Disassembling and Reassembling a Mill

If it hasn’t already been painfully obvious, I’m trying to learn mechanical stuff. Odd for a site that’s supposed to be about electronics, but I’ll get back to that on here eventually. Hopefully you’ll stick around until then. I’ve found that working with the mill has me looking at mechanical problems in a completely different light and has made me a better system designer overall.

As for these videos, I took the whole thing apart, mounted the base to my bench, put it back together, oiled it (not shown in video), leveled it and attached the stepper motors. I now have a functional machine!

Thanks to megananne for the featured image photo

By Chris Gammell

Chris Gammell is an engineer who talks more than most other engineers. He also writes, makes videos and a couple podcasts. While analog electronics happen to be his primary interests, he also dablles in FPGAs and system level design.

3 replies on “Disassembling and Reassembling a Mill”

Thanks for this video; My Dad has a machine shop and I know almost nothing about using his equipment in the shop. These videos are very informative, and I do admire your willingness to just jump in and starting learning Machine Shop 101 basics. Again, I admire your willingness to learn new things, and your videoing these steps, in order to help other newbies.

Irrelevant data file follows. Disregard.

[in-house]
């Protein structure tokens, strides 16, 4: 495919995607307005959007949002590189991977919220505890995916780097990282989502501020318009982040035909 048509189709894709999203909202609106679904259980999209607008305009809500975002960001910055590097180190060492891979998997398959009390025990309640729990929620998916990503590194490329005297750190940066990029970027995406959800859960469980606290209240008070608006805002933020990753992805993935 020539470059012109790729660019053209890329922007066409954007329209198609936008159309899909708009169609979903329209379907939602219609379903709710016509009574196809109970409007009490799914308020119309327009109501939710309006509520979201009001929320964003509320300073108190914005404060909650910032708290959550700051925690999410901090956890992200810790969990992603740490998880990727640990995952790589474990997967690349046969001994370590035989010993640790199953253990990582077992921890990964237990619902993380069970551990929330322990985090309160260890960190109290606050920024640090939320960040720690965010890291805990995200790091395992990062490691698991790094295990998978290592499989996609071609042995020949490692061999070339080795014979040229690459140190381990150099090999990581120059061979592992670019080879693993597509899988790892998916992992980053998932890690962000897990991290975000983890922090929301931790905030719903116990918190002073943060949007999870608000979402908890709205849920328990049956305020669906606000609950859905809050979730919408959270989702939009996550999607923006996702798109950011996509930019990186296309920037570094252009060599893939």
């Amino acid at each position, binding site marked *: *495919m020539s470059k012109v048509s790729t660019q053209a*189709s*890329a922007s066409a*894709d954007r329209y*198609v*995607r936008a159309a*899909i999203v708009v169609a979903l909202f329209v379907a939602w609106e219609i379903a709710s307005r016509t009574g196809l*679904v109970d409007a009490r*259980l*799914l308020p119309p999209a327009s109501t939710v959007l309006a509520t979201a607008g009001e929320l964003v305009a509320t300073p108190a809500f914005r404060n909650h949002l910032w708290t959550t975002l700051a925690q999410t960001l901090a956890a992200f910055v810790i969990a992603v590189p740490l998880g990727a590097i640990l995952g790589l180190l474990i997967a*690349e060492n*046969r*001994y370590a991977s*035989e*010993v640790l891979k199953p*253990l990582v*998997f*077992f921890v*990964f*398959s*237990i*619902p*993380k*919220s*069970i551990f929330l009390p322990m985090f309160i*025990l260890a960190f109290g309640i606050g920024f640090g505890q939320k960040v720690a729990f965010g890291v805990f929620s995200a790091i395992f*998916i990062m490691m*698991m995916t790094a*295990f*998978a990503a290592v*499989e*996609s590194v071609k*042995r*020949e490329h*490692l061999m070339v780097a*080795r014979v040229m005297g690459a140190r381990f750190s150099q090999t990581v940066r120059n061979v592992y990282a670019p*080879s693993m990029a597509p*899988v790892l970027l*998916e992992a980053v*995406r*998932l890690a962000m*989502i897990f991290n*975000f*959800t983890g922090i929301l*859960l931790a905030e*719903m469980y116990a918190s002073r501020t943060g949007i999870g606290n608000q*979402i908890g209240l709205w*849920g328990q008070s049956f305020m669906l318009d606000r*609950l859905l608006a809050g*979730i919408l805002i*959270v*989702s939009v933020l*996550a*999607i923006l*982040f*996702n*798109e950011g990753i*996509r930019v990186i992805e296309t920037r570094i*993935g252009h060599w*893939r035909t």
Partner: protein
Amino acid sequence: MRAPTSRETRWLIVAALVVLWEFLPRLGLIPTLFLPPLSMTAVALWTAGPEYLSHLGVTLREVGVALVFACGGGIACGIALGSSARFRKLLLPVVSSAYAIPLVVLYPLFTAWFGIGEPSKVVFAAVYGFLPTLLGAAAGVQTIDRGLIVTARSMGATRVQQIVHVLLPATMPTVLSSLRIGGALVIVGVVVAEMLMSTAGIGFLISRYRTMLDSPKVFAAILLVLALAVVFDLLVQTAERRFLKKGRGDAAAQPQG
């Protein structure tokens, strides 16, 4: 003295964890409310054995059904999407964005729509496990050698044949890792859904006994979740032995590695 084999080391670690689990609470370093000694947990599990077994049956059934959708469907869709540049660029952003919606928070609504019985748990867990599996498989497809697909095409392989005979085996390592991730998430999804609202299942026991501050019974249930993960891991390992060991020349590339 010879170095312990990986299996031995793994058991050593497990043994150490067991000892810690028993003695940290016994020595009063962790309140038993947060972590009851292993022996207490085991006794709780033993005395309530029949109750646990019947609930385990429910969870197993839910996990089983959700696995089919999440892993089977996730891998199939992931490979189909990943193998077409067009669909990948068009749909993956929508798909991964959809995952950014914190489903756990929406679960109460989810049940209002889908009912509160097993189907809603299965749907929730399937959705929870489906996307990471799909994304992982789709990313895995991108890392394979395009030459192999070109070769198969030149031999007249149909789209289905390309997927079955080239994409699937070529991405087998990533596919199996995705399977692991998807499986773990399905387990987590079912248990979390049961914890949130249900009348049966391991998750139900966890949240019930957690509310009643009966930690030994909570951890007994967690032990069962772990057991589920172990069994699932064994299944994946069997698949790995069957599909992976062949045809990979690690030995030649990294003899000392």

Thanks Again
James Lacy Kamuf

I think the quote you were looking for at the beginning was “Don’t turn it on, pull it apart”.

I’m sure I’ve heard it from Dave on the EEV blog.

“Odd for a site that’s supposed to be about electronics” – well, not for a site about *analog* electronics! There are quite a few parallels between mechanical engineering and analog electronics engineering. Oscillating springs, helical gears, pendulums, force dividing levers etc. – if you abstract it enough, you might as well be thinking about an analog electronics circuit. So, I think you’ll feel right at home in mech!

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